The irony in this is that it seems to have made a lot of difference to the way in which people regard him. Rather than having gone down in people’s estimation, he has gone way up – and largely because of the straightforward way in which he has handled the situation, and the modest and humane way in which he has commented on it.

Facts, are, of course, facts. But facts can also make people wriggle and squirm, even when as unequivocal as these.  But Justin seems to be an entirely squirm-free person.

Of course he, like everyone else, has plenty of personality flaws and failings, but this is not the sort of situation to expose them. On the contrary – it is when dealing with the unexpected and the awkward that Justin is at his best because he is also his most straightforward and immediate.

People have written about the humility that has been evident in this episode, and that’s  fair comment. But I wonder whether there is also something here about the way in which a mature faith works. Faith that is which is so anchored in God’s love and transcendence that it embraces the world and its facts with a combination of curiosity and courage. If you felt pompous you could call this mysticism that faces two ways.  If you didn’t feel so pompous you could call it living in the real world. 

Either way, this has been good weekend for the Archbishop of Canterbury.

Hild is one of the more remarkable and vivid characters of the Anglo-Saxon era. The Venerable Bede calls her a ‘most devoted servant of Christ’ in The Ecclesiastical History of the English People. Hild was 66 years old when she died, having lived a life of two perfect halves: thirty three years as a lay person and thirty three years as a nun. Not that she was any ordinary lay person – or for that matter any ordinary nun.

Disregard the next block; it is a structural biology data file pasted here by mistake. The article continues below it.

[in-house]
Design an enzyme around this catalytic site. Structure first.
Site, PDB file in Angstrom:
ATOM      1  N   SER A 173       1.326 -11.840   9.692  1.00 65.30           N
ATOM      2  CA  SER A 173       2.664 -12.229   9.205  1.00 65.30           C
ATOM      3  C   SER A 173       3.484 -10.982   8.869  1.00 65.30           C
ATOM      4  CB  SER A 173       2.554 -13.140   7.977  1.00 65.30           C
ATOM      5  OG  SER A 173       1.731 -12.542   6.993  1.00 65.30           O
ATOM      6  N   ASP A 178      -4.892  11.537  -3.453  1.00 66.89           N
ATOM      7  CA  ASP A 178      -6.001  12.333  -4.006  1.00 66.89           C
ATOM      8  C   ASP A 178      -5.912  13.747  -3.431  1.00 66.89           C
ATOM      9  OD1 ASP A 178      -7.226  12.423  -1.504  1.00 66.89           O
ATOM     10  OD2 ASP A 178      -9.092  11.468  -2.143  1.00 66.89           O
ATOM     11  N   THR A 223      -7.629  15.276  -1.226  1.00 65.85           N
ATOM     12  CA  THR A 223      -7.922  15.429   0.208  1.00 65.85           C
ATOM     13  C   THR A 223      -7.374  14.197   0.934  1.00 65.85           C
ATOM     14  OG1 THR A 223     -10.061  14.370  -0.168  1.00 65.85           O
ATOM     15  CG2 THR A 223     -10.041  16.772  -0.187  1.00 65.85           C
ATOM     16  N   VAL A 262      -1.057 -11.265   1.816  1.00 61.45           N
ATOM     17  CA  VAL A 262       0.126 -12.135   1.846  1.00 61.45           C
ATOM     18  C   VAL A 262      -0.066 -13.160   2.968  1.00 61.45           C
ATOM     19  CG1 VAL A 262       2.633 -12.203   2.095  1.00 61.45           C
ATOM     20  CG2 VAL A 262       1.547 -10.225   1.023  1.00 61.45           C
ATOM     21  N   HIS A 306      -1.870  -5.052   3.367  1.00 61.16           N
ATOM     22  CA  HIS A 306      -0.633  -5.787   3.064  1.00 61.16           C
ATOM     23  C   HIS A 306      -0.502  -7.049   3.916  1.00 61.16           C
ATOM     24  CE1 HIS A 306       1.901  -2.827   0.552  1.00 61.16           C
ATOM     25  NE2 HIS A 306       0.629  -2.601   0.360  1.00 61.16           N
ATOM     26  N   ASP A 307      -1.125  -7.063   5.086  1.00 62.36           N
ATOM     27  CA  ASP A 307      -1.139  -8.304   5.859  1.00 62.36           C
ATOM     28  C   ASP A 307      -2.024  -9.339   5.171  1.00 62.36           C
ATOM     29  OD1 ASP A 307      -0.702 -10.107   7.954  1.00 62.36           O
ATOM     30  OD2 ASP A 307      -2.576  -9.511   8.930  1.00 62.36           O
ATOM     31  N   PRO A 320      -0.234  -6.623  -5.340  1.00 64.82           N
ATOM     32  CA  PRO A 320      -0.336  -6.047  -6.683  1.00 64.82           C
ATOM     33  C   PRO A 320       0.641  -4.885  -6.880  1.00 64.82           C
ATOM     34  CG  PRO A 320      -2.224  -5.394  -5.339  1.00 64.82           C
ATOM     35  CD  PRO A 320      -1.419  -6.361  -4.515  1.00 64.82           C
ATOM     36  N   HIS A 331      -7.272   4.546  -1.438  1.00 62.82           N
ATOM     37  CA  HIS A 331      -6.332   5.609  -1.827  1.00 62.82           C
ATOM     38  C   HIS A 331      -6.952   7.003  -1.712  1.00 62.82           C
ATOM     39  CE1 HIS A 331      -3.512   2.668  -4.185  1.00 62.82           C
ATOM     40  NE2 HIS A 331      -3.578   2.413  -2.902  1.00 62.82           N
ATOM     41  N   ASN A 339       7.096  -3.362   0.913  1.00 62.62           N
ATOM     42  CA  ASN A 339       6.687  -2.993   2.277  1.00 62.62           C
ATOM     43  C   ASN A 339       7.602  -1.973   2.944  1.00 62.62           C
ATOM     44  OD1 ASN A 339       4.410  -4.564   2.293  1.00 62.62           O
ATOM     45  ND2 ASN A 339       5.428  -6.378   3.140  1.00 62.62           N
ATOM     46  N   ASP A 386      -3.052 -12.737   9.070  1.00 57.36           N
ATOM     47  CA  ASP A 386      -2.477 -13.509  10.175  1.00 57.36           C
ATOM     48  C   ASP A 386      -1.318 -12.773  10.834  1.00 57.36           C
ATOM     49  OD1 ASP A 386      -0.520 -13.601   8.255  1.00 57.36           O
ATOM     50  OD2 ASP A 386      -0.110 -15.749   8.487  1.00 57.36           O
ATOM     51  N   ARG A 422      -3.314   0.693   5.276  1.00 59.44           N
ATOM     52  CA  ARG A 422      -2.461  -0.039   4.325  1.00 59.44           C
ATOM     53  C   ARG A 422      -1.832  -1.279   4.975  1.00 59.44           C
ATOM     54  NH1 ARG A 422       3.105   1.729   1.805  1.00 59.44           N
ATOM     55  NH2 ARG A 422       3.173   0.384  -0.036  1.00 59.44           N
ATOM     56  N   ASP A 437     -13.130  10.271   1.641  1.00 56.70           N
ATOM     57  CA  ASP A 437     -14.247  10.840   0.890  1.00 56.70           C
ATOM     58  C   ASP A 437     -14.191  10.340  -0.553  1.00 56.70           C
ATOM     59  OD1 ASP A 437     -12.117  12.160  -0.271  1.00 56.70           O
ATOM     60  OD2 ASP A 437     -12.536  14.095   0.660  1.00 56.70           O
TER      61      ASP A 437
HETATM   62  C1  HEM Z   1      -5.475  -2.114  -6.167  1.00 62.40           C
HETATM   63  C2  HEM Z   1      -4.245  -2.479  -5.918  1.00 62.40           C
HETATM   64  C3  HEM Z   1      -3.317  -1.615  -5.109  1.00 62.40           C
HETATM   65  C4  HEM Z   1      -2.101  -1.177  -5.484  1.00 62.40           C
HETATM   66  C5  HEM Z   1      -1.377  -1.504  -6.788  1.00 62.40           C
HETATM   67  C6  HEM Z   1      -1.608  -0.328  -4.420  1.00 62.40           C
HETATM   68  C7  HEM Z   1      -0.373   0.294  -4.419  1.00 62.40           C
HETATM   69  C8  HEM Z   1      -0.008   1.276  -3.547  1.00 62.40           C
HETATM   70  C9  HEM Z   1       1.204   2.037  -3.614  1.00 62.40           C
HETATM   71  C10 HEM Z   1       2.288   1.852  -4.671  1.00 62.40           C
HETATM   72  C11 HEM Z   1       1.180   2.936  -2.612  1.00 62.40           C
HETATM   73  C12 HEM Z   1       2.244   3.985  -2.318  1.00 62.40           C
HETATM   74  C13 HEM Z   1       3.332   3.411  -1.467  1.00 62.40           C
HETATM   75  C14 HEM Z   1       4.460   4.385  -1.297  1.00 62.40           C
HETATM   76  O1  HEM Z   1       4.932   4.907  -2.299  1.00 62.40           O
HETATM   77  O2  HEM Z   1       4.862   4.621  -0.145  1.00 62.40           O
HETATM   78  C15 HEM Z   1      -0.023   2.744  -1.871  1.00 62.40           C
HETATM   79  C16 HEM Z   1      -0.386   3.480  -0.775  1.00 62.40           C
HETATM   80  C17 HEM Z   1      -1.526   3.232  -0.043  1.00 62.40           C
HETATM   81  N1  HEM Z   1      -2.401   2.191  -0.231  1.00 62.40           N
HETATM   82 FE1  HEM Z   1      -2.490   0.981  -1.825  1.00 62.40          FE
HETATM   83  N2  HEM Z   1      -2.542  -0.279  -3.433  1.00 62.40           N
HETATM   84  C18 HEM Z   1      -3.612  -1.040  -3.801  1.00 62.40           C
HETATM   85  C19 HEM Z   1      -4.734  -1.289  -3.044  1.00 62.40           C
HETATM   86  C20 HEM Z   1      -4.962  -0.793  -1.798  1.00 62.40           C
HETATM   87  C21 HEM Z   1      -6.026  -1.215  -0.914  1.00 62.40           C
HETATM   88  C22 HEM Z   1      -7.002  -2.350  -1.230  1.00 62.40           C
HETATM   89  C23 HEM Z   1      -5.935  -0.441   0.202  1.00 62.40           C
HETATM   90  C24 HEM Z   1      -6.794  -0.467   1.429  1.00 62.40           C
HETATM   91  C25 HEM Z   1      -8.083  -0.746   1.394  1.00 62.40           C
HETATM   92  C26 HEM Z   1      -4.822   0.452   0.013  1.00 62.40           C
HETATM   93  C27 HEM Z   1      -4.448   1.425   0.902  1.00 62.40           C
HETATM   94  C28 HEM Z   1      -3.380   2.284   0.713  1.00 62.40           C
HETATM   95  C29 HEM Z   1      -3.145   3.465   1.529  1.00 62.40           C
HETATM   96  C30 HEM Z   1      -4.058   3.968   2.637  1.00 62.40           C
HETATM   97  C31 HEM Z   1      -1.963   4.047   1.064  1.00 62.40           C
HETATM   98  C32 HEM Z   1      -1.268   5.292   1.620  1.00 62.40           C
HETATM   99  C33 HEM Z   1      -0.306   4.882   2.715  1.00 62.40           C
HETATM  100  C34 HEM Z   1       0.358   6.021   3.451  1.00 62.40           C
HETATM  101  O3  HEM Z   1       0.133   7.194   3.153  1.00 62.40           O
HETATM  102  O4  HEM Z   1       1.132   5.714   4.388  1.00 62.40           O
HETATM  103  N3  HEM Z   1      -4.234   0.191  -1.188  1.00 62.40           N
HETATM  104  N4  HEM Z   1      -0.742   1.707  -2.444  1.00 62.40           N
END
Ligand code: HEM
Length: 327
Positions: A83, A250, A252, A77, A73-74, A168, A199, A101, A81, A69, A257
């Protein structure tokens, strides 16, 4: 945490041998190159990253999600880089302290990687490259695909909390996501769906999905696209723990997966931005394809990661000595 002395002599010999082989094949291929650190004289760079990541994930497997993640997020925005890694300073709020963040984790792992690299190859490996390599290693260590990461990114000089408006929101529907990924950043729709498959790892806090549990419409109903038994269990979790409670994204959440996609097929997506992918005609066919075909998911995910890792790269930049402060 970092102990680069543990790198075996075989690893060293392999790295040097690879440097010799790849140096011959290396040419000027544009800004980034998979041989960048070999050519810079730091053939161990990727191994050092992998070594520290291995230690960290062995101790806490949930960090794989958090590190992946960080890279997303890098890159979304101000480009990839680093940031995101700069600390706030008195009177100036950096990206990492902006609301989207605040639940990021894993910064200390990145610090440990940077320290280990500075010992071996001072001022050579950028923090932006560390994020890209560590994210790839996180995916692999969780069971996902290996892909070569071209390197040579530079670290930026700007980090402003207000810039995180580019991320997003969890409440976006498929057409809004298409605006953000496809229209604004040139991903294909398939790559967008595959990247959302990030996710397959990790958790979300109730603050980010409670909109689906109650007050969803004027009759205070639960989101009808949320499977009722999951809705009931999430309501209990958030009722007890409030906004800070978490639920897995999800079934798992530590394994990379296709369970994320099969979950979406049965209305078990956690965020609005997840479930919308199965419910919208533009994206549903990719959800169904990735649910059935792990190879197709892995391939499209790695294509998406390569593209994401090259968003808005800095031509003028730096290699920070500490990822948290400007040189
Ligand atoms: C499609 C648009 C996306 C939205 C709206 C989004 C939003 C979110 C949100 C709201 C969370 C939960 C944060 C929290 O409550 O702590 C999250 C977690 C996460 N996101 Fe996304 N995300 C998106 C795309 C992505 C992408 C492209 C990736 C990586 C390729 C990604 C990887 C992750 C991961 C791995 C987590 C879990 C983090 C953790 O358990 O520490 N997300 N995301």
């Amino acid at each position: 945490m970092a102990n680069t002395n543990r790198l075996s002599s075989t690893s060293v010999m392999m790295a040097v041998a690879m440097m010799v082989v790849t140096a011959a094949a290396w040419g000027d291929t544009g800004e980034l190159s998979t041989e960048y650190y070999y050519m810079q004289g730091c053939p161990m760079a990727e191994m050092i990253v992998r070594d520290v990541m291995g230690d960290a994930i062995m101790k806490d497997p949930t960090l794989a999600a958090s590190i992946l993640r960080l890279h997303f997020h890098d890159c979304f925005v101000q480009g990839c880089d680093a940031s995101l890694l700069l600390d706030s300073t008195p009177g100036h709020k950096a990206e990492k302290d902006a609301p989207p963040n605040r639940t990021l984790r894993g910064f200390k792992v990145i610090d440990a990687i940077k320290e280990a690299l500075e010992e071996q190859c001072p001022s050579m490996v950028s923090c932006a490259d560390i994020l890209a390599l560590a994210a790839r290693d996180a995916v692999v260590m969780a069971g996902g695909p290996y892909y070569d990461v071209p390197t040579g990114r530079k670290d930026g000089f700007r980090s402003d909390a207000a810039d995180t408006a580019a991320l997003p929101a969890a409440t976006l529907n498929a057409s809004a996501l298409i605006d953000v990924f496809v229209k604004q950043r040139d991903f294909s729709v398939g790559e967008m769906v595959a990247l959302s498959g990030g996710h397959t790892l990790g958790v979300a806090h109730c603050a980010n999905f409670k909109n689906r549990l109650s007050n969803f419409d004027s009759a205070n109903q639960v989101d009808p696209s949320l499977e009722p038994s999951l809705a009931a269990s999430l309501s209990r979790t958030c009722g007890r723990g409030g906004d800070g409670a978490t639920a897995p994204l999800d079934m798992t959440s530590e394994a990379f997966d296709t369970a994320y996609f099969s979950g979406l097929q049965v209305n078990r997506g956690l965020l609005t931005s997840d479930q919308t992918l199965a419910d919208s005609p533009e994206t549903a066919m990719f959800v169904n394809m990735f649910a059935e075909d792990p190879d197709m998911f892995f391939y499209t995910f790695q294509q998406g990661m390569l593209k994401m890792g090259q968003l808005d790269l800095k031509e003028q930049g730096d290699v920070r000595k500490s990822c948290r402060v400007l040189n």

She was born a princess in 614 – and grew up in Bamburgh castle on the north east coast not far at all from the holy island of Lindisfarne where Aidan had established a school of missionaries who were bringing Celtic Christianity to England. She was baptised at the age of 13 in York with her uncle the King. It’s impossible to know whether this was by choice or not, but it is clear from the way her life unfolded that her faith was a very deep and significant part of who she was and at some point she must have become, if I can put it this way, a voluntary Christian.

Hild lived in times of great change and upheaval. As well as the spiritual movements that were challenging and changing people’s hearts and souls there were constant disputes, and battles would have been frequent and brutal. She would have seen plenty of soldiers and battle-scarred people at the castle where she grew up – indeed her name, Hild, indeed means ‘battle’. But her own life at the castle would have focused on domestic duties and we can imagine her developing skills in embroidery and weaving. She did not marry and it was her own decision to become a nun.